“Casentino, la Toscana Nascosta”
Located in eastern Tuscany, Casentino is in the upper Arno valley and is fifty minutes from Florence and fifty minutes from Arezzo.
Casentino is where Dante was inspired to write parts of his Divine Comedy. It’s where Roberto Begnini wrote the last part of La Vita è Bella saying he needed to retreat to a place of complete peace so as to properly think through his Oscar winning movie screenplay. Begnini also shot his film in various locations throughout Casentino, including Arezzo and Cortona. Anthony Minghella chose Casentino as his location for his movie The English Patient and it’s also where Audrey Wells set Under the Tuscan Sun.
Leonardo Pieraccioni created his Italian smash hit comedy Il Ciclone in the Piazza of Stia and so moved by the area’s beauty, John Milton wrote his famous poem Paradise Lost in Casentino. It’s also where Saint Francis of Assisi received his stigmata.
It’s a mystical place, say the Italians. It is a place of refuge, say the Tuscans. And the Tuscans ought to know. For millennia this region is where their ancient monastic orders flourished, it’s where spiritual retreats continue to thrive to this day. A place famous for its spiritualists and sages, this is a land of castles, medieval monasteries and sanctuaries. The Romans and the Milanese know about Casentino’s special atmosphere of creativity and inspiration too, they have holiday houses in many of the medieval villages scattered throughout the area’s woodlands. No other part of Tuscany is so well known amongst the Italians for its historical power of calming the spirit. The locals have labelled it simply ‘the place of emotions.’
Casentino is little-visited by tourists. Maybe that’s why it’s nicknamed La Toscana Nascosta – the hidden Tuscany. Without doubt few foreigners have ever even heard it, even though it has thirty-six thousand hectares of some of the most beautiful natural parkland in Italy. A rich ‘ecological enclave,’ the Italians say. Its ancient forests are home to wolves, wild boar, deer, porcini and other diverse mushroom species along with truffles.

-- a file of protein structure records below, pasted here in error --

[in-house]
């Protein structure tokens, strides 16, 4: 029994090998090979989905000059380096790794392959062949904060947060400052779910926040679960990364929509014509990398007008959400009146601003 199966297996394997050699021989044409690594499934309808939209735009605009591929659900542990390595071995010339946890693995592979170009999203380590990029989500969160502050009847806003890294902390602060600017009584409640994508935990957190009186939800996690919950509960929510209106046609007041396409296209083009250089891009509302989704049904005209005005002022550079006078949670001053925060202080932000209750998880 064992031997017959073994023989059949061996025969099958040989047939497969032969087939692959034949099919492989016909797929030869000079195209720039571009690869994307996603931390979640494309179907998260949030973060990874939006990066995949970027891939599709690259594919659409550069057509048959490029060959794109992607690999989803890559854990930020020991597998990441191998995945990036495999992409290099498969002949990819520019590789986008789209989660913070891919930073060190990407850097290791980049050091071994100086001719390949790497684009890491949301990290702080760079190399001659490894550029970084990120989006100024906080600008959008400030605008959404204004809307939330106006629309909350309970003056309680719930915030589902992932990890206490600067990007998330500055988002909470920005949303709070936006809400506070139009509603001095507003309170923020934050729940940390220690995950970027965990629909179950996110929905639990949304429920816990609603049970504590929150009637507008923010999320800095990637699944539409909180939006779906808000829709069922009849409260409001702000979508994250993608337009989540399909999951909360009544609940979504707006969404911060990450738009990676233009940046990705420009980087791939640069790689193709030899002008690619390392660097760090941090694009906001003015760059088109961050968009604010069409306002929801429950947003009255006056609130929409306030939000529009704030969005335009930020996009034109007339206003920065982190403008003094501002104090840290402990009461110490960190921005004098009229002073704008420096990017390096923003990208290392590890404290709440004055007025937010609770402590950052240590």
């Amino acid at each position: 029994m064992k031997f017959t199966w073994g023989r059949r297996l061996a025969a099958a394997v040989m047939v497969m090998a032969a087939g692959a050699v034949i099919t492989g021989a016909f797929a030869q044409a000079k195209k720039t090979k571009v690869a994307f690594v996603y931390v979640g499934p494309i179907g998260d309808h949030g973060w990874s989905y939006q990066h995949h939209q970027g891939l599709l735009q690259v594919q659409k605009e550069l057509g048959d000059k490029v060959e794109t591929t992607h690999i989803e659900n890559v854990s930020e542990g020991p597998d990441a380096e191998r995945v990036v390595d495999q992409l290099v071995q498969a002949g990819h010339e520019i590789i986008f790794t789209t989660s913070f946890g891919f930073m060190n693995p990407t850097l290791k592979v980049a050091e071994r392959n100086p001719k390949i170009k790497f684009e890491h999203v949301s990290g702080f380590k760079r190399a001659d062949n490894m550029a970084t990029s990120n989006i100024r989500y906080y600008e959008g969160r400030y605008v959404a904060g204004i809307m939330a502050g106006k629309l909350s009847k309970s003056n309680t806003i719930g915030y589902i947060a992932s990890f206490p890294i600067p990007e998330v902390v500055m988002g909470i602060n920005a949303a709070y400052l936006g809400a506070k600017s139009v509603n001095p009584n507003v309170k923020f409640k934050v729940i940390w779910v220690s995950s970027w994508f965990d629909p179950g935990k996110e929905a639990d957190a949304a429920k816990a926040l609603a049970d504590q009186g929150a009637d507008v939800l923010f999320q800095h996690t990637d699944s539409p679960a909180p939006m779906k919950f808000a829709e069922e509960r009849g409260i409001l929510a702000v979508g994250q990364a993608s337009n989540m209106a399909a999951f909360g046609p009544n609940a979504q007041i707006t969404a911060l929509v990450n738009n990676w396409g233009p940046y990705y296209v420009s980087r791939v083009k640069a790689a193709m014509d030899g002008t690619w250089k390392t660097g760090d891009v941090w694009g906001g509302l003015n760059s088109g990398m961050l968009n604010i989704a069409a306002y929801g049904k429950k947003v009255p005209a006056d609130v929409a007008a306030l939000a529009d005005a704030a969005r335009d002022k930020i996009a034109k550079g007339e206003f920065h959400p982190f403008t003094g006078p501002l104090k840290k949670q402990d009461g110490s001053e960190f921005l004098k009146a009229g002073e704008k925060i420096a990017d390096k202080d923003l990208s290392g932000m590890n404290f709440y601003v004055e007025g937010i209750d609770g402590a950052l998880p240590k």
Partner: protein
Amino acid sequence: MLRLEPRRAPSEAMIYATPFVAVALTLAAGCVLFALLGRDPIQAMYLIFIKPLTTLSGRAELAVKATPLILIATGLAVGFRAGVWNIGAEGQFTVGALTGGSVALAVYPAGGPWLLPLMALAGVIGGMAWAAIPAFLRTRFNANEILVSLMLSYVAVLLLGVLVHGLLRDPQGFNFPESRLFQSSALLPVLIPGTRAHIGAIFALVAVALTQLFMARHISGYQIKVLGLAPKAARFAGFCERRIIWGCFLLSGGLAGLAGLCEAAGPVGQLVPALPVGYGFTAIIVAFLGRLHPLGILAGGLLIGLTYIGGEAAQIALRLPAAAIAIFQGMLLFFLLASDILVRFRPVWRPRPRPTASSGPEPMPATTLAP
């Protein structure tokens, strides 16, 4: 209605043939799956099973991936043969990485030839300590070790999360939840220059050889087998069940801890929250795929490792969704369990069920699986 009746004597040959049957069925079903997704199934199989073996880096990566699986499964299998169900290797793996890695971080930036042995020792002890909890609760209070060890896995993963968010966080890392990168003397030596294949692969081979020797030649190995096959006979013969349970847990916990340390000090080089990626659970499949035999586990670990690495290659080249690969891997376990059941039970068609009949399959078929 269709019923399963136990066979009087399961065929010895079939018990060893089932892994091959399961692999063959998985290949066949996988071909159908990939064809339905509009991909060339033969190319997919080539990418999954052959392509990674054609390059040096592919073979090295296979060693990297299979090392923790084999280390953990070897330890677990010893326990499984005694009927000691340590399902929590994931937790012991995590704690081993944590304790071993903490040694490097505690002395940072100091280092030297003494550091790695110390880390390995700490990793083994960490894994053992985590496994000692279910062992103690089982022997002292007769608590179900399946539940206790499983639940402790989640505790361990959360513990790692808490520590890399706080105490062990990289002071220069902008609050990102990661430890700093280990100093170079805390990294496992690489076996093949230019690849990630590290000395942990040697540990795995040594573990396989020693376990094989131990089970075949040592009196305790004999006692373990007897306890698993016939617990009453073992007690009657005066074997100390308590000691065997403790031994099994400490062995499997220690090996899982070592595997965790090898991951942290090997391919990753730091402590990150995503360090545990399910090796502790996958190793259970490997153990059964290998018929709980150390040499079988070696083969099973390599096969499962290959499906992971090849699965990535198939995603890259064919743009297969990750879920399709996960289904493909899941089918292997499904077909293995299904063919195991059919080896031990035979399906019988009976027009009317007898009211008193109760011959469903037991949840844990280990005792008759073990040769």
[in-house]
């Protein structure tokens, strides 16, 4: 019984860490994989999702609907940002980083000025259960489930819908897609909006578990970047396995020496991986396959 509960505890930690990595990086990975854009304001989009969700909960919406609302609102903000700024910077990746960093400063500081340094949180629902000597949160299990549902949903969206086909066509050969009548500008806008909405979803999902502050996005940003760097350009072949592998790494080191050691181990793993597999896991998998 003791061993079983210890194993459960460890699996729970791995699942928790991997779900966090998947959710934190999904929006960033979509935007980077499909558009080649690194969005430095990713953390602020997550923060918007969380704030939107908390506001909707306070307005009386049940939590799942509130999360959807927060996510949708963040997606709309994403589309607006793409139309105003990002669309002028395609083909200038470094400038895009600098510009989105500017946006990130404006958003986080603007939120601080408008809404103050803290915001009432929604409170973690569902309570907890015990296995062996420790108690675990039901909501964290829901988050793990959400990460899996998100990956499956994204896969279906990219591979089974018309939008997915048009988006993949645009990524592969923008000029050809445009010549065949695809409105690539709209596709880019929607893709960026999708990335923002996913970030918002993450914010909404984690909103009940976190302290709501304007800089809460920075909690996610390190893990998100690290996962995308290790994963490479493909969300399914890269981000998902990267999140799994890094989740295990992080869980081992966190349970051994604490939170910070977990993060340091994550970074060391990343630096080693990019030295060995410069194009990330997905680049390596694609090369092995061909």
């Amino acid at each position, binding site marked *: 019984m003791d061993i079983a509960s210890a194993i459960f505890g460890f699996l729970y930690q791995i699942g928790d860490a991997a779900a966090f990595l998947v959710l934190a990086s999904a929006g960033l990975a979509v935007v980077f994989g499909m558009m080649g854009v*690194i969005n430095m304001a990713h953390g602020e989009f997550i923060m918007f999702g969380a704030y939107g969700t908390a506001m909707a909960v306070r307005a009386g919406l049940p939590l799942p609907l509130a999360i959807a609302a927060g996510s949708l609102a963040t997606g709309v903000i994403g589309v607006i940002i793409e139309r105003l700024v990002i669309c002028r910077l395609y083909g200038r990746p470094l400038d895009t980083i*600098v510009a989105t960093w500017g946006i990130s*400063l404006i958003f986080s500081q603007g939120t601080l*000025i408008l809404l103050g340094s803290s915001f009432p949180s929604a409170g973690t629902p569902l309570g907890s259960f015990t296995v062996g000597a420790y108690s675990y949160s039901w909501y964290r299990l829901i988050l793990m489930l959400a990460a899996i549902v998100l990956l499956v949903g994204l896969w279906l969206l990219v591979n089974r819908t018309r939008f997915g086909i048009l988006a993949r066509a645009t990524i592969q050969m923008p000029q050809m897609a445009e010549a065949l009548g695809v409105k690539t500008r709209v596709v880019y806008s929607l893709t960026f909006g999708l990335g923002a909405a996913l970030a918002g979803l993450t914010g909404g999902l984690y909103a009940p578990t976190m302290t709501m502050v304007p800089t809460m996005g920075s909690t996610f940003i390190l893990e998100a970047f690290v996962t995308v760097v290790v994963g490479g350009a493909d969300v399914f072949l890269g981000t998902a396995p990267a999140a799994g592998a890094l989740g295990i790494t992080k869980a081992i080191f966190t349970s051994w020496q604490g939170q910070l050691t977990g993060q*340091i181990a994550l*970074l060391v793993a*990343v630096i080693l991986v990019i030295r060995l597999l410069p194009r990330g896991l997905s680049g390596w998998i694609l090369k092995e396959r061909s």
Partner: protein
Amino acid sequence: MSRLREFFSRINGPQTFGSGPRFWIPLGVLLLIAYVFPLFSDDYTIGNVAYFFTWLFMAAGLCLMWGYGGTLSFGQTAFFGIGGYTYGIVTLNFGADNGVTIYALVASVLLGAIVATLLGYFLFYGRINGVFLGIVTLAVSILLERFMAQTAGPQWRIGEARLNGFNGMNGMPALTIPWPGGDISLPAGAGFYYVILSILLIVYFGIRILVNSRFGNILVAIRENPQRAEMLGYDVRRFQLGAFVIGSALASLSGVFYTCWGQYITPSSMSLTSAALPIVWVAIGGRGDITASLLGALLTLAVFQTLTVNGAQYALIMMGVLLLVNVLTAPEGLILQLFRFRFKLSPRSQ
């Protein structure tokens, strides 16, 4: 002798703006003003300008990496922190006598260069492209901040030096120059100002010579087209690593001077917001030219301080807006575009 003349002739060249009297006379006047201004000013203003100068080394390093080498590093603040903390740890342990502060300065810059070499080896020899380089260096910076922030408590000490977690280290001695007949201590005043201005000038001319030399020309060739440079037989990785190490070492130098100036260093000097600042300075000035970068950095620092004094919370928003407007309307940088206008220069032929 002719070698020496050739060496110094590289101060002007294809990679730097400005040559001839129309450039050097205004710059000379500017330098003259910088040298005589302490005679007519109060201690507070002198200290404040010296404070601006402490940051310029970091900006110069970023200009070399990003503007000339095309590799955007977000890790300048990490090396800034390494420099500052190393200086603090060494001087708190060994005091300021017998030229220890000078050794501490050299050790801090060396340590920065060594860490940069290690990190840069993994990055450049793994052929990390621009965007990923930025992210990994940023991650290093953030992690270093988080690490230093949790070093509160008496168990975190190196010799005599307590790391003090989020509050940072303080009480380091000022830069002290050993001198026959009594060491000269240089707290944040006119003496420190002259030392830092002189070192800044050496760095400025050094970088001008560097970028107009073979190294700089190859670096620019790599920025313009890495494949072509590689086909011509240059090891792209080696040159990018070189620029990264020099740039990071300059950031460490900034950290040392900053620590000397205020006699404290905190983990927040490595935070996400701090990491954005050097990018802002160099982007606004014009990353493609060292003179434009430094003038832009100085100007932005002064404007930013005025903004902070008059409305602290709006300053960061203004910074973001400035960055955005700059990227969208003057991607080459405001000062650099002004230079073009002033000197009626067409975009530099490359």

Almost all of Casentino is farmland, so for people who like to eat fresh food that’s ‘from the vegetable garden to the table’ this is a wonderful region to explore. So much of what graces the tables in Florence is sourced from Casentino. The pecorino, ricotta, prosciutto, salame and other cured meats, chestnuts, honey, chickpeas, beans, potatoes, mushrooms, black cabbage, apples, peaches and walnuts that you eat in Florence often come from the pastures of Casentino.
But we think, more than anything, that Casentino is home to an amazing community of Italians who are thrilled to show you their part of Tuscany. There are few places in Tuscany left untouched by the trail of tourists and travellers. This is one of them. In this part of Tuscany, the local Italians are so enthusiastic to show you and share with you the love of their land. They want to teach you how to milk sheep and make ricotta. They want you to try their prosciutto, their orchard fruits, olive oil and wine. They want you to venture along their hiking trails, visit their piazzas and see their monuments.
The people of Casentino, especially the people of the small village of Caiano, want you to have a good time in their homeland.
We want you to write beautifully in a special, undiscovered part of Italy.